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Today's Stichomancy for Hillary Clinton

The first excerpt represents the element of Air. It speaks of mental influences and the process of thought, and is drawn from The Schoolmistress and Other Stories by Anton Chekhov:

and terror, full of hope and vague rapture, he went into his bungalow, went up to his wife, and fell on his knees before her.

"Anna Filippovna!" he said with a sob, and he laid the baby on the floor. "Hear me before you punish. . . . I have sinned! This is my child. . . . You remember Agnia? Well, it was the devil drove me to it. . . ."

And, almost unconscious with shame and terror, he jumped up without waiting for an answer, and ran out into the open air as though he had received a thrashing. . . .

"I'll stay here outside till she calls me," he thought. "I'll give her time to recover, and to think it over. . . ."

The Schoolmistress and Other Stories
The second excerpt represents the element of Fire. It speaks of emotional influences and base passions, and is drawn from Pathology of Lying, Etc. by William and Mary Healy:

practically impossible to find a case of this. The tendencies soon carry the person over to the production of other delinquencies, and if these do not come in the category of punishable offenses, at least, through the trouble and suffering caused others, they are to be regarded essentially as misconduct.

The reverse of the above question deserves a word or two of attention; are there marked cases of delinquency which do not show lying? Surveying the figures of Ferriani[6] who enumerated thousands of lies, belonging to his nine classes of prevarications, which a group of 500 young offenders indulged in, one would think that all delinquents are liars many times over.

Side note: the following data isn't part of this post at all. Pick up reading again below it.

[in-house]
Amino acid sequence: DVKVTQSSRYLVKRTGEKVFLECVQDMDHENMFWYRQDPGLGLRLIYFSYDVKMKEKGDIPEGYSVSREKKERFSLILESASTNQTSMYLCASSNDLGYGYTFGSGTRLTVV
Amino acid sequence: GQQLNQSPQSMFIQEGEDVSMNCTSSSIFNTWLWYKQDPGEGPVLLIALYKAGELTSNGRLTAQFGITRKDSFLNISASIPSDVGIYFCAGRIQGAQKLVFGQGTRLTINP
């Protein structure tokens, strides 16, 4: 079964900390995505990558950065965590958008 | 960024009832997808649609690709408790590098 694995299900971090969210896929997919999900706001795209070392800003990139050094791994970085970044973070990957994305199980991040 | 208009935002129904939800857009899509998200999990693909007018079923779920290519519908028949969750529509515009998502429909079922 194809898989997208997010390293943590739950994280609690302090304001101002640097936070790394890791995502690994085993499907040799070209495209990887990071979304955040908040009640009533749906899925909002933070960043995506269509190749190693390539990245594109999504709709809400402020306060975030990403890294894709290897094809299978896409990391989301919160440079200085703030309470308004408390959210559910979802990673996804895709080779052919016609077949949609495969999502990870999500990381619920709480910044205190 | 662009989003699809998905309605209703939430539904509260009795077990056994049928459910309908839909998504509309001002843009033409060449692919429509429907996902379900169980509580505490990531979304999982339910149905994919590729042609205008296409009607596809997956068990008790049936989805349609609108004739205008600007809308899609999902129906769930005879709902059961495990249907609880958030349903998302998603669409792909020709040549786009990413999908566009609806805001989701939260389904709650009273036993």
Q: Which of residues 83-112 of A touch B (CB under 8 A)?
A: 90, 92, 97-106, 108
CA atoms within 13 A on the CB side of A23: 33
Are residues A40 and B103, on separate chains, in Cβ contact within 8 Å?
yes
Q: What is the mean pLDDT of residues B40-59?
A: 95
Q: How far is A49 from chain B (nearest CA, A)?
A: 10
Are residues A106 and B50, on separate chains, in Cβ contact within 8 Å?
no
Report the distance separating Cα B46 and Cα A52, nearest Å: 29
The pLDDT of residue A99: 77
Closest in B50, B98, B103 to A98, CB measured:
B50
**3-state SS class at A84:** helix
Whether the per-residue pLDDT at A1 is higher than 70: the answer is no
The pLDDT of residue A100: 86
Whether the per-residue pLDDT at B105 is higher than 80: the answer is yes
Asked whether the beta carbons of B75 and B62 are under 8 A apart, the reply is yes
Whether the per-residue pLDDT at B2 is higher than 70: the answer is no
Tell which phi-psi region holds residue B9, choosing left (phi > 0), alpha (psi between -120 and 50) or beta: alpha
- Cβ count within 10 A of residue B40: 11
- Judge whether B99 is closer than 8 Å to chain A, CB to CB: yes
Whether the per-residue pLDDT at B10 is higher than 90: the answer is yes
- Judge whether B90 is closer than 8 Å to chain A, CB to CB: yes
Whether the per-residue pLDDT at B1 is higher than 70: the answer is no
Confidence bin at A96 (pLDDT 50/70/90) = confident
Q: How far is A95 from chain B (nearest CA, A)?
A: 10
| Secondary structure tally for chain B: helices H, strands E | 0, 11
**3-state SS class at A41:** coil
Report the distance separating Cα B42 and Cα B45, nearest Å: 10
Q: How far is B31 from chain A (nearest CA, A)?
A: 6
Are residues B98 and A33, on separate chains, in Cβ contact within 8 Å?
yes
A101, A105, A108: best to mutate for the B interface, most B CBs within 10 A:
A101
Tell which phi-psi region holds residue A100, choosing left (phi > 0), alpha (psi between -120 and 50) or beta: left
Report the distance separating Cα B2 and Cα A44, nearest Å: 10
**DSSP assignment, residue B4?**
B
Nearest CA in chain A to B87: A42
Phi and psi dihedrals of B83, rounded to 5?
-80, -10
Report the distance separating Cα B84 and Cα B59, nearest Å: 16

The third excerpt represents the element of Water. It speaks of pure spiritual influences and feelings of love, and is drawn from The Deserted Woman by Honore de Balzac:

will keep pure and sacred. Farewell; do my bidding with the thought that your success will bring a gleam of pleasure into my solitude, and only think of me as we think of absent friends."

Gaston de Nueil read the letter, and wrote the following lines:--

"MADAME,--If I could cease to love you, to take the chances of becoming an ordinary man which you hold out to me, you must admit that I should thoroughly deserve my fate. No, I shall not do as you bid me; the oath of fidelity which I swear to you shall only be absolved by death. Ah! take my life, unless indeed you do not fear to carry a remorse all through your own----"

When the man returned from his errand, M. de Nueil asked him with whom

The fourth excerpt represents the element of Earth. It speaks of physical influences and the impact of the unseen on the visible world, and is drawn from The Wrong Box by Stevenson & Osbourne:

we'll have to take off the door, or knock two of our windows into one, or be fined by the Vestry or Custom House or something for leaving our parcels on the pavement.'

The men by this time had successfully removed the box from the van, had plumped it down on the pavement, and now stood leaning against it, or gazing at the door of No. 16, in visible physical distress and mental embarrassment. The windows of the whole street had filled, as if by magic, with interested and entertained spectators.

With as thoughtful and scientific an expression as he could assume, Gideon measured the doorway with his cane, while Julia